Anti Trafficking Activists across the country laud the MHA’s directive to state governments to activate Anti Human Trafficking Units in all states to prevent trafficking in persons, in a COVID-affected India. The advisory by Women Safety Division of Ministry of Home Affairs, issued on 6th July has asked ‘all States and Union Territories to immediately set up of new Anti Human Trafficking Units (AHTUs) and upgrade infrastructure of existing AHTUs in all districts to prevent and combat human trafficking during the period of Covid-19 pandemic’.
In the same advisory, the Ministry has given details of funds released under the Nirbhaya Fund to establish and upgrade AHTUs in all districts, and urged State Governments to urgently evolve a coordination mechanism among various departments to handle issues of human trafficking. It also advised that such coordination mechanism should be monitored at the highest level and periodic reviews should be held with all stakeholders to take stock of the effectiveness of the same.
“The urgency of AHTUs across states has been more evident during this lockdown than ever before,” says Sambhu Nanda, an activist who works in West Bengal, and coordinates an NGO-network Partners in Anti Trafficking. “In the last two months, we have received multiple reports of missing and trafficking girls in West Bengal, and even when parents reported the cases to local police stations, the officers pleaded helpless since all their energies were focussed on COVID prevention. We then coordinated with other NGOs in other states, such as Mission Mukti Foundation, who then coordinated with the police in Bihar, Maharashtra and Gujarat to get the girls rescued,” he reports.
That the local police stations do not have dedicated officers, resources and systems to conduct interstate investigations for organised crime of trafficking was the reason why the MHA had initiated the concept of AHTUs in 2008. However, in West Bengal like most other states of India, most AHTUs are notional offices on paper, not notified and therefore do not have dedicated officers. The task is not just to increase the number of notional AHTUs, but to notify them with officers.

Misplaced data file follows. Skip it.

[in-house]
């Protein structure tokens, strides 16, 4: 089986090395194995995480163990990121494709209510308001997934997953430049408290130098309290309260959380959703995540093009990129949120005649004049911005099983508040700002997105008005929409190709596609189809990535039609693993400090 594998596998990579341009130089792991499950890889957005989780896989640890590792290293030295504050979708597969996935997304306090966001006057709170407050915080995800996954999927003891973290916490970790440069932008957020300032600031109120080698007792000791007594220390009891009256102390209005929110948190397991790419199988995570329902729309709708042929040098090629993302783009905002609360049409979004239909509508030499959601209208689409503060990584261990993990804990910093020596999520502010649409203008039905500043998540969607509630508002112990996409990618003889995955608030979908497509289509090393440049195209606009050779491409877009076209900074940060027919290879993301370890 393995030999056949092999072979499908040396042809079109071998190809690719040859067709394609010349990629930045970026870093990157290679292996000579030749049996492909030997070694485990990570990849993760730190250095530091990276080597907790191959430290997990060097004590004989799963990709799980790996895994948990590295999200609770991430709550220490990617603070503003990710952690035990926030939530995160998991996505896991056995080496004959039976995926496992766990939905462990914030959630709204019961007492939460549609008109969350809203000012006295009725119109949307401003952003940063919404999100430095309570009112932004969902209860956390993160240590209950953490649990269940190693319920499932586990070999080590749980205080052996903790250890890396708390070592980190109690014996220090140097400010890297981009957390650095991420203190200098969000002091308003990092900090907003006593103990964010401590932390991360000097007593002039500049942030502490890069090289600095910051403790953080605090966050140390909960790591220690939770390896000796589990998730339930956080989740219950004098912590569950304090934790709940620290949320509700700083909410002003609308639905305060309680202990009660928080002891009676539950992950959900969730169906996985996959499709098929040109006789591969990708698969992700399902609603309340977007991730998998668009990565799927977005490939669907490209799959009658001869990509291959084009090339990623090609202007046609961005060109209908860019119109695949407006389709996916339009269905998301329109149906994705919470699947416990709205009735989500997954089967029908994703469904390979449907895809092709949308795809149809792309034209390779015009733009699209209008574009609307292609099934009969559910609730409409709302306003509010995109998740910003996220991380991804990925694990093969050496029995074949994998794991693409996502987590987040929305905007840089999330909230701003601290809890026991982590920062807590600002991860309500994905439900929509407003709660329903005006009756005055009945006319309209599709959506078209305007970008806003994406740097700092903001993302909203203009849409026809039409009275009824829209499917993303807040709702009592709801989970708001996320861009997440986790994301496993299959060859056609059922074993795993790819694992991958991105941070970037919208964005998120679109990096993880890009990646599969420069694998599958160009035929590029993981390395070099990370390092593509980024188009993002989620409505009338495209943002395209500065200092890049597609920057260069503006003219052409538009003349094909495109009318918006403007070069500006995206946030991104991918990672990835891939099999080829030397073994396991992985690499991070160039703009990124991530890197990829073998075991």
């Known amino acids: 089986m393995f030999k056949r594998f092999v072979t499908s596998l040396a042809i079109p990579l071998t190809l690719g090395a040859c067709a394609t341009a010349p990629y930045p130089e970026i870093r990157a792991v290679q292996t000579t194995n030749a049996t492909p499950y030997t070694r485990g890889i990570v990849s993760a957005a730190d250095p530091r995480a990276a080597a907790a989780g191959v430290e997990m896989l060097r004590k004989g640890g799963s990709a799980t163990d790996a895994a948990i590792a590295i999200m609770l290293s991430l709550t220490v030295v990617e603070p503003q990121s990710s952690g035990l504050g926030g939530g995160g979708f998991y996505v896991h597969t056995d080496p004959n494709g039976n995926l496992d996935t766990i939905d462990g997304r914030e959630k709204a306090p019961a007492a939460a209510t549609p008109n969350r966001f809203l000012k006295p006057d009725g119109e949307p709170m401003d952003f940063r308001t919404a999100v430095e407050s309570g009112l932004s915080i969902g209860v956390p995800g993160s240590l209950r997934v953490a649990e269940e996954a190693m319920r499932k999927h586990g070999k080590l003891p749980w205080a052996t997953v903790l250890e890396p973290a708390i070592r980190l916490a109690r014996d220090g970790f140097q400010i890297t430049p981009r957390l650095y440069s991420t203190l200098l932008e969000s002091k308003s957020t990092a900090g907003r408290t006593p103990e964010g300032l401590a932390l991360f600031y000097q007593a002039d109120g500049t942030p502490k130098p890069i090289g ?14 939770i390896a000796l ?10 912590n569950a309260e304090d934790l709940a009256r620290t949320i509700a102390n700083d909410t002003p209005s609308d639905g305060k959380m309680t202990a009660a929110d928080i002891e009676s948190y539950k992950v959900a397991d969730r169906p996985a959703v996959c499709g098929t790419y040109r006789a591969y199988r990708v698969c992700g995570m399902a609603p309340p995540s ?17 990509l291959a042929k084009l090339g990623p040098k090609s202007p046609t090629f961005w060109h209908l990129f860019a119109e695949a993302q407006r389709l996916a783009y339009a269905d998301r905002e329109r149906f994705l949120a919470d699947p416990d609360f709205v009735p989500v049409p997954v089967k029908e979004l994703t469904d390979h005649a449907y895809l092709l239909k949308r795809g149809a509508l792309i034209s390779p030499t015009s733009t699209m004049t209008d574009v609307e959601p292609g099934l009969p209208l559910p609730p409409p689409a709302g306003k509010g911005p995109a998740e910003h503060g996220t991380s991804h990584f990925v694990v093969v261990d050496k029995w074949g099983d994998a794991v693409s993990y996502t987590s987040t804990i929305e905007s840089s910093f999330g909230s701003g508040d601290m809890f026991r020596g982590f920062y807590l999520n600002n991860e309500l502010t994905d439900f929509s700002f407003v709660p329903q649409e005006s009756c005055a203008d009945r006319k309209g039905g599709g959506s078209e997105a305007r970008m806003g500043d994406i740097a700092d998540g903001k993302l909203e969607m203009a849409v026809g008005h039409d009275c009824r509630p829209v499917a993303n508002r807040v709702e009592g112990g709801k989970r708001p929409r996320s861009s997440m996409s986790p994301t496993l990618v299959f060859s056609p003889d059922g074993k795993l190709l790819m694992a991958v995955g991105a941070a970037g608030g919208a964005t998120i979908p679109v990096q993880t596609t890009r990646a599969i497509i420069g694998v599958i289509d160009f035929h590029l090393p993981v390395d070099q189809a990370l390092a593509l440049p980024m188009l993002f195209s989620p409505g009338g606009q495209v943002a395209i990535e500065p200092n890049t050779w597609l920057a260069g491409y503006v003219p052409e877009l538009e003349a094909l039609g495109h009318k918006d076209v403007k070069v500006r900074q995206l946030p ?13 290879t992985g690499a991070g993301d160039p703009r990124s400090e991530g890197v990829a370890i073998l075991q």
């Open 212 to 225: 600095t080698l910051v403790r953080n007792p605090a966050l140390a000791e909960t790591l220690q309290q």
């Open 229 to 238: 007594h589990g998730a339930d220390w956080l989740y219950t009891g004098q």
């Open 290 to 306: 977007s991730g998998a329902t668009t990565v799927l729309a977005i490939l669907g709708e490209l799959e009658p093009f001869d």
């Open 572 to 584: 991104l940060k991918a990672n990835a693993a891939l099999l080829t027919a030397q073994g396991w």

“Many sex workers, who are earning members for their families, especially their children, have been forced to take loans under exorbitant interests during this lockdown period, because they have not had access to free rations or Jan Dhan funds from the government,” says N. Rammohan, an anti trafficking activist from Andhra Pradesh. “The local loan sharks, who are not registered under the Money Lenders’ Acts, especially operating in red light areas, are poaching women with adolescent girls and encouraging them to take loans under high interest. When they would be unable to repay their loans, the sex workers would be forced to prostitute their daughters. The local police stations don’t have the expertise, time or resources to take anti trafficking preventive measures and track the network of these poachers, which is why the AHTUs need to be active in taking measures to prevent debt bondage and trafficking,” he adds.
“While children trafficked from Bihar to Rajasthan have been rescued and many have been repatriated, the employers and contractors operating in Rajasthan have gone missing in the FIRs lodged in the home state, Bihar,” reports advocate Suresh Kumar, who runs an organisation Centre Direct in Bhar. “The same pattern has now been repeated in all cases where victims have been rescued in the last 3 months and the past where FIRs lodged in the home state have been restricted to the accused residing in the home state,” he adds.
“This naturally grants impunity to the offenders in other states because the police in states where the victims are rescued argue that 2 or more FIRs cannot be lodged for the ‘same trafficking case’. This practice is largely because local police stations avoid interstate investigation because expenses for the same can be claimed by the investigating officer post facto, which takes 2 years on an average, or more,” says Pompi Banerjee of Sanjog. Ms Banerjee has been researching on AHTUs across India, shortly to be published by Sanjog.
“If AHTUs were to be notified and provided with a dedicated workforce, it would go a long way in preventing and combating human trafficking, and the MHA advisory in this regard is a welcome step. However, this would mean that the funds for these AHTUs will have to be increased substantially to provide for the salaries of officers including Inspectors, sub-inspectors and constables. The MHA’s contribution to the AHTUs is towards vehicles, computers and printers, travel funds – but the bulk of the salary-funds falls entirely on the state government,” says Kaushik Gupta, a lawyer who practices in the Calcutta High Court.